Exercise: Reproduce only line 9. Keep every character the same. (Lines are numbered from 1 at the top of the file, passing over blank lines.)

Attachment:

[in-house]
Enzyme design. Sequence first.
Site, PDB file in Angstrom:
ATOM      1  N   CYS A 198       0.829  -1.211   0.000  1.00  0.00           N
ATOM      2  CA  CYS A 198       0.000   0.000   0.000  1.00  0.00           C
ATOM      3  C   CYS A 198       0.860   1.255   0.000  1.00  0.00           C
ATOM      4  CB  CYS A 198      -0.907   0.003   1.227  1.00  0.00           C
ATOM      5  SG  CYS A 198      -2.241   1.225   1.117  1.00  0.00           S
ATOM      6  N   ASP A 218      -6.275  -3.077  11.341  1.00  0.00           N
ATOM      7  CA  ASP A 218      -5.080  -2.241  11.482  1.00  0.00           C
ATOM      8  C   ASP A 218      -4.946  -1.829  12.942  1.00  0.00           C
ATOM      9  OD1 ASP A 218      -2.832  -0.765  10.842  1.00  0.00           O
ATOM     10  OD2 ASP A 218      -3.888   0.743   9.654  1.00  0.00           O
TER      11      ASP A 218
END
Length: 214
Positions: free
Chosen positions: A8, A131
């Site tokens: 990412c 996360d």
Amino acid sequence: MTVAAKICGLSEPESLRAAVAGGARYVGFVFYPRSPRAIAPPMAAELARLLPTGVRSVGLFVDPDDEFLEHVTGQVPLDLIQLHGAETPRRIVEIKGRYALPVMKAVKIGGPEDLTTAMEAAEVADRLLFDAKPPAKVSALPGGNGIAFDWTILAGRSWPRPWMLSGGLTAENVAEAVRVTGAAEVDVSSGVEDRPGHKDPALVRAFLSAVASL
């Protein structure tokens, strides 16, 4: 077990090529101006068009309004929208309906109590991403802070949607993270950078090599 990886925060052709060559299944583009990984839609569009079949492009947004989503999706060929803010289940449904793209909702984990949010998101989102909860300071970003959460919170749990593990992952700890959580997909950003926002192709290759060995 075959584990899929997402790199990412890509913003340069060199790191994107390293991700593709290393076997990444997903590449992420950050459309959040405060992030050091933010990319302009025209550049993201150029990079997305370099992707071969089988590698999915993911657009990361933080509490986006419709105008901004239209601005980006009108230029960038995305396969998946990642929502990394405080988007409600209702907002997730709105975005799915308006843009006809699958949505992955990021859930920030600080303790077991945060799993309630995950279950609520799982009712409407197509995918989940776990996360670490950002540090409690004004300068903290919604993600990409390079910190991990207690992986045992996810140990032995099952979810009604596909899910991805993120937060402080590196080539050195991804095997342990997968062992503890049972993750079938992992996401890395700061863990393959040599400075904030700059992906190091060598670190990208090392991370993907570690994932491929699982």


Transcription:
ATOM      6  N   ASP A 218      -6.275  -3.077  11.341  1.00  0.00           N